Western Washington University and the Washington Chess Federation co-hosted the first annual Bellingham Open on Saturday, April 22 in the Viking Union Multipurpose Room, a five-round Swiss chess tournament with an Open and Reserve U1700 section, meaning reserved for players with a rating below 1700. Games ran for 30 minutes, with a 10-second increment per move.
The tournament was rated by the Northwest Scholastic Rating System and US Chess, two widely recognized rating systems, though only the open section was US Chess Federation-rated. The higher of players’ current NWSRS or April 2023 US Chess Regular Rating was used to determine sections, pairings, and prizes. Results can be found on Chess Ratings Northwest’s website.
The prize fund was around $1,400 based on 70 paid entries, and the highest-finishing Washington resident in the open section will be seeded into the 2024 Washington State Championship Premier section.
Founder and organizer of the Bellingham Knights Chess Club Steve Szirom has experience hosting monthly USCF-rated chess tournaments prior to the COVID-19 pandemic and said the process includes finding a venue and promoting the event, as well as facing logistical challenges.
As a Western student, Toppen-Ryan was able to reserve the Multipurpose Room in the VU and promoted the event through WWU Chess Club.
Toppen-Ryan was motivated to organize the tournament because there aren’t many rated tournaments in the Bellingham area, and Sinanan was happy to have an event accessible to local players.
“The Bellingham region is a hugely underserved area in terms of chess tournaments,” Sinanan said.
For a chess tournament to be officially rated, according to Szirom, players must be members of the USCF and the tournament director must be USCF-affiliated. He noted there are not many players with active USCF memberships in Whatcom County.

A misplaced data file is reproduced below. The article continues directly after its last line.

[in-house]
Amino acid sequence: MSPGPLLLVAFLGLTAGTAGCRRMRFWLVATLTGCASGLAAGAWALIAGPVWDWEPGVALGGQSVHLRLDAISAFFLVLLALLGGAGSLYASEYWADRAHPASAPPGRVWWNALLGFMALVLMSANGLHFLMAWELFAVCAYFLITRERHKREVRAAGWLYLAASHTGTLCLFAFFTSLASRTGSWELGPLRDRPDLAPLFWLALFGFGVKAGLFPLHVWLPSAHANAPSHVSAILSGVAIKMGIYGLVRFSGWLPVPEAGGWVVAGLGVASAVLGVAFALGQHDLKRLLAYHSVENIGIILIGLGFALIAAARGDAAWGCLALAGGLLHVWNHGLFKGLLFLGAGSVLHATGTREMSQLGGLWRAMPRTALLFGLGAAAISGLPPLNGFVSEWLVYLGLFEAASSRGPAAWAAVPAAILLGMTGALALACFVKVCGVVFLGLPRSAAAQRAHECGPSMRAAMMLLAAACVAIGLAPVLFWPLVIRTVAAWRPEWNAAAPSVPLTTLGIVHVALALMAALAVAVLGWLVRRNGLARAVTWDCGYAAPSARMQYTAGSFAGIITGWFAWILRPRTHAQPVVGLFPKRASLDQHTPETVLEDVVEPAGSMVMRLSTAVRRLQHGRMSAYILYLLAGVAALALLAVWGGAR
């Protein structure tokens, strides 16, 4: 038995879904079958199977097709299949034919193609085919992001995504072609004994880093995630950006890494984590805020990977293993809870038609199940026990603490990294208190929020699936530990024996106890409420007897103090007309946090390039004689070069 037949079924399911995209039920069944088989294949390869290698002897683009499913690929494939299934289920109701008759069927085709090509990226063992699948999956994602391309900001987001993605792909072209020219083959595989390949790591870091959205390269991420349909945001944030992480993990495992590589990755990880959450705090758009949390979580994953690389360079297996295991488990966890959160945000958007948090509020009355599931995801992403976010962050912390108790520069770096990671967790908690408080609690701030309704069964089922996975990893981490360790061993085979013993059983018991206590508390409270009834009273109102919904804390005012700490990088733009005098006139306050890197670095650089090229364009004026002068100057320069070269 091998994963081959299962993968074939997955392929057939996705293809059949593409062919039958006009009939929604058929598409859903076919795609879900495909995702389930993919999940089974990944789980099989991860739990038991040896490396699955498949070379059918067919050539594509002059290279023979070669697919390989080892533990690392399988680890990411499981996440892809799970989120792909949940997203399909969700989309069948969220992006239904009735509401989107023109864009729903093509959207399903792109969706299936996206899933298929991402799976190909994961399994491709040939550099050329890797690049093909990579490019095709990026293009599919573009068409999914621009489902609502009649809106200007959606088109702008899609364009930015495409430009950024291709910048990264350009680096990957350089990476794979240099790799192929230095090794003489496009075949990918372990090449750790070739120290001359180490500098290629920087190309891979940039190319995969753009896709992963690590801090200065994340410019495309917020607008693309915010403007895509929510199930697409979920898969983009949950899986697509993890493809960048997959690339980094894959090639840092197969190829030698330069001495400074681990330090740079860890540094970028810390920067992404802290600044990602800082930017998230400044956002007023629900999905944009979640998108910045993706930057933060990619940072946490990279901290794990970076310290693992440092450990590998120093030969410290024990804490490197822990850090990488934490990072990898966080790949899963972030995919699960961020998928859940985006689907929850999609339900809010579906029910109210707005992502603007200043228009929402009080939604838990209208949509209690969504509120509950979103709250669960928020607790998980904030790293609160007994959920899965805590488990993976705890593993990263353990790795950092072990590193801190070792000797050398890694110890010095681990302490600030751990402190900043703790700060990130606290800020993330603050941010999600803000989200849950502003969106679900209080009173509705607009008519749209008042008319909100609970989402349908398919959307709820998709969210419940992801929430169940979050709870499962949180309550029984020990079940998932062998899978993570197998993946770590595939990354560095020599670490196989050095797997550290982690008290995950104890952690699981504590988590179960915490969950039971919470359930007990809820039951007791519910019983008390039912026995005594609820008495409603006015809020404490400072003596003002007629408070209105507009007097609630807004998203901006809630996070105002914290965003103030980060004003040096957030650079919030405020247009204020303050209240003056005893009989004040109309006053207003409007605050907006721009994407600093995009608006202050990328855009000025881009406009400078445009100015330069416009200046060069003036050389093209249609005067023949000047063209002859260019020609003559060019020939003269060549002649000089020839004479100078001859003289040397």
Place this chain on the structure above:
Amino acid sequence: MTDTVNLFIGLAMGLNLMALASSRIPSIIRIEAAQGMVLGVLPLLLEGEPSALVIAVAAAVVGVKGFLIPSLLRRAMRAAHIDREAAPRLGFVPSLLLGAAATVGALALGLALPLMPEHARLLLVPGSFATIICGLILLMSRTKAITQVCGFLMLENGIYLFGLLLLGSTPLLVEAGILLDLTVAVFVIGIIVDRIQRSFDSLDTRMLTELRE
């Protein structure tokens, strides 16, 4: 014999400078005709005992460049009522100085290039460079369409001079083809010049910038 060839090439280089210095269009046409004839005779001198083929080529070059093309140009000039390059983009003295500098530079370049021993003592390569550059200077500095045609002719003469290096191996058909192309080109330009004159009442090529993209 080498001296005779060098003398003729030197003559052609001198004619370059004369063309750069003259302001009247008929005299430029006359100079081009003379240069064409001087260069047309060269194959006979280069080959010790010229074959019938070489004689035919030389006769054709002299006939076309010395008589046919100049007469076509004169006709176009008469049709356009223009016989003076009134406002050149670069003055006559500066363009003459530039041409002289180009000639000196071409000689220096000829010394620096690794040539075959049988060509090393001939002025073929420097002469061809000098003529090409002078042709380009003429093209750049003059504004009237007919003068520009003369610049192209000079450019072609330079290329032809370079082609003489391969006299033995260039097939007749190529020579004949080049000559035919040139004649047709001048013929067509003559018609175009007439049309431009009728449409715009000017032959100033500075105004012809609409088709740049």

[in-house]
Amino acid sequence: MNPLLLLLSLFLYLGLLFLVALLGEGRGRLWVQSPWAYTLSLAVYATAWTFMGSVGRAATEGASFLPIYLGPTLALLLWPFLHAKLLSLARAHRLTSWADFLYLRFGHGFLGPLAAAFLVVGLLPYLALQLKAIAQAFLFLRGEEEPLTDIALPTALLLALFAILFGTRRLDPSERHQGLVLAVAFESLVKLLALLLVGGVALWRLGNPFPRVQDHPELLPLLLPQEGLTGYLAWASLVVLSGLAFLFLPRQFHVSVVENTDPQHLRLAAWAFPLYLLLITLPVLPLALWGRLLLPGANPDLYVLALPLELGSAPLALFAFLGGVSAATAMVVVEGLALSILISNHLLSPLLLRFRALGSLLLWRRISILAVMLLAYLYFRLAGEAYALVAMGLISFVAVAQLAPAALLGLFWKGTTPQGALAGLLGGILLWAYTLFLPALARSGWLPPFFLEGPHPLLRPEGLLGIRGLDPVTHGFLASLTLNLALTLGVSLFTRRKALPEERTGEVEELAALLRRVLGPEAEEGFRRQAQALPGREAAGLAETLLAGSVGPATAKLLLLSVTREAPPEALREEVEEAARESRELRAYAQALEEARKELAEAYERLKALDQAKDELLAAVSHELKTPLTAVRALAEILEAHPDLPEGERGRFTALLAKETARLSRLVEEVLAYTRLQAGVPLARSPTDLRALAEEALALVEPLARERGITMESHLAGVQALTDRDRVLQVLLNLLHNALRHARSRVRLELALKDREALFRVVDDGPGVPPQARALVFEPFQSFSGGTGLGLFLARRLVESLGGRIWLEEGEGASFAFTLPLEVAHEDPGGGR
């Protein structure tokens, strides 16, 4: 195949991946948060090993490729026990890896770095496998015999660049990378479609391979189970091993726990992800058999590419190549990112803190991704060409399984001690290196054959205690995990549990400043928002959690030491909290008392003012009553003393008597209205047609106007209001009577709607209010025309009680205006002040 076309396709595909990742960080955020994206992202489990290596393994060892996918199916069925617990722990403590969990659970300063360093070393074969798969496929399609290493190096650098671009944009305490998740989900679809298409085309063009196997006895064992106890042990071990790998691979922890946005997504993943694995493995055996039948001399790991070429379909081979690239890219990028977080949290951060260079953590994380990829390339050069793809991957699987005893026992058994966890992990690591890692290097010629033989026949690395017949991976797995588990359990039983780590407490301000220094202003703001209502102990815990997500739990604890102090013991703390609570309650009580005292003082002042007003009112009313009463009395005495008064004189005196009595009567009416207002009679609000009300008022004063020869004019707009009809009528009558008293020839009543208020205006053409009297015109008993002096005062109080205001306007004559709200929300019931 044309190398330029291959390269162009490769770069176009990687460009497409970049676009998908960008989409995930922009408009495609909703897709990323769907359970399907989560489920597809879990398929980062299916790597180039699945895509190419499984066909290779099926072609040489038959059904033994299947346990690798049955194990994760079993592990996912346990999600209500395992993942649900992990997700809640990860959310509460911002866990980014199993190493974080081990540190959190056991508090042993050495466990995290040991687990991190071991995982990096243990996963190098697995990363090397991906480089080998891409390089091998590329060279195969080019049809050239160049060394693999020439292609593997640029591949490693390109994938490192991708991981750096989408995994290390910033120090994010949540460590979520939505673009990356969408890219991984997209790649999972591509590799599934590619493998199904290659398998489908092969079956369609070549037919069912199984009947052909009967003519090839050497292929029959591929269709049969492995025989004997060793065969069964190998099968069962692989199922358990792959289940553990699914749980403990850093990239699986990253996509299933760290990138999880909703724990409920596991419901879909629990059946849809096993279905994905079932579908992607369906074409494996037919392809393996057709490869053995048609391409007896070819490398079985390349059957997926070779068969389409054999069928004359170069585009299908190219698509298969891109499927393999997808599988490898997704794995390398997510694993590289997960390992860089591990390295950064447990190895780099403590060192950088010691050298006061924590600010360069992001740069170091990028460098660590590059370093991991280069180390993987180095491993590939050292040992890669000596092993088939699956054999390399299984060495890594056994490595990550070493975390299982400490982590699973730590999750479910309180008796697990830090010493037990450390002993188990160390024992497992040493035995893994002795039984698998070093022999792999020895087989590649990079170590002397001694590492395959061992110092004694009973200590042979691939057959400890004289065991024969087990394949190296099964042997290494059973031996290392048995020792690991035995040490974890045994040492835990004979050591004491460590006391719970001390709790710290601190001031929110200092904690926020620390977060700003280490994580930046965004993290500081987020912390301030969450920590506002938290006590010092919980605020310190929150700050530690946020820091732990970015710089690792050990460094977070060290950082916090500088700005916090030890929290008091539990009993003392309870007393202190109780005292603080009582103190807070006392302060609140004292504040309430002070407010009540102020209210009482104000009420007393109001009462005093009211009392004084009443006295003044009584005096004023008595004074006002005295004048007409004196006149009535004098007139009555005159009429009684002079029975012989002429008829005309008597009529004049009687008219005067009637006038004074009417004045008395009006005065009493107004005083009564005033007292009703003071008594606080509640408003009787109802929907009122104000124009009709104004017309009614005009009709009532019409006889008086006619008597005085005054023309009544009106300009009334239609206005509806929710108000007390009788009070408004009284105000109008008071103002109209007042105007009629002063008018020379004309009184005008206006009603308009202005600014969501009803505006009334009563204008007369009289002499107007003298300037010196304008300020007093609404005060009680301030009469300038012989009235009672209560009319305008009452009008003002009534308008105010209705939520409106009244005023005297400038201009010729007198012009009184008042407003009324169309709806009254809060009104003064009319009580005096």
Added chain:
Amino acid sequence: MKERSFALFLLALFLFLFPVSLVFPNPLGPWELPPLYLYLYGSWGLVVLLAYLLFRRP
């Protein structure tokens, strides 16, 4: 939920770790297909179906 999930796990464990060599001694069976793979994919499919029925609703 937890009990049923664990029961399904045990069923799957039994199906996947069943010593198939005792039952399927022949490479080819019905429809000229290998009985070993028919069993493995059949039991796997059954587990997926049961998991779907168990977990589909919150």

“One of the goals of the Bellingham Knights Chess Club is to promote and foster a bigger chess community in the Whatcom County area,” Szirom said.
Turnout at the Bellingham Open exceeded Sinanan’s expectations, with about 90 players competing. Besides Western students, faculty and staff, players traveled from around the Pacific Northwest to attend the tournament.
Fourth-year Western student and WWU Chess Club member Benjamin Fritz has been playing chess since around age 8 and enjoyed his experience.
“It was my first tournament, so I was really excited to see how I’d do against pros,” he said.
In the fourth round, Fritz had an intense back-and-forth game against a highly rated player where he came ahead around move 30, which was a highlight of the tournament for him.
“The game of chess is a fun, logical game to test your mind,” Fritz said.
Beyond helping with memory, analytical reasoning and spatial sense, chess is a unique, non-verbal conversation between two people, according to Sinanan.
“You’re there to create something interesting, beautiful or brilliant with your opponent. There’s a creative aspect to it,” he said. “Chess is what you want it to be.”
After the tournament’s success, Sinanan and Toppen-Ryan are already planning a second Bellingham Open for spring 2024.
“We’re hoping to make this an annual tradition,” Sinanan said.
Toppen-Ryan hopes to make 2024’s Bellingham Open a more serious tournament. He hinted it could be a two-day tournament with longer games and a bigger prize fund.
In the meantime, Toppen-Ryan urges Western students to check out WWU Chess Club, which is open to all skill levels.
Sinanan welcomes new players to chess and emphasized it is a game players of all ages can enjoy.
“It’s the game of kings, and the king of games,” Sinanan said.
Thalia Coulter (she/her) is a campus news reporter for The Front. She is in her second year at Western and is a public relations major with a Spanish minor. When not on campus or at work, Thalia can be found grabbing a bite to eat downtown with friends. You can reach her at firstname.lastname@example.org.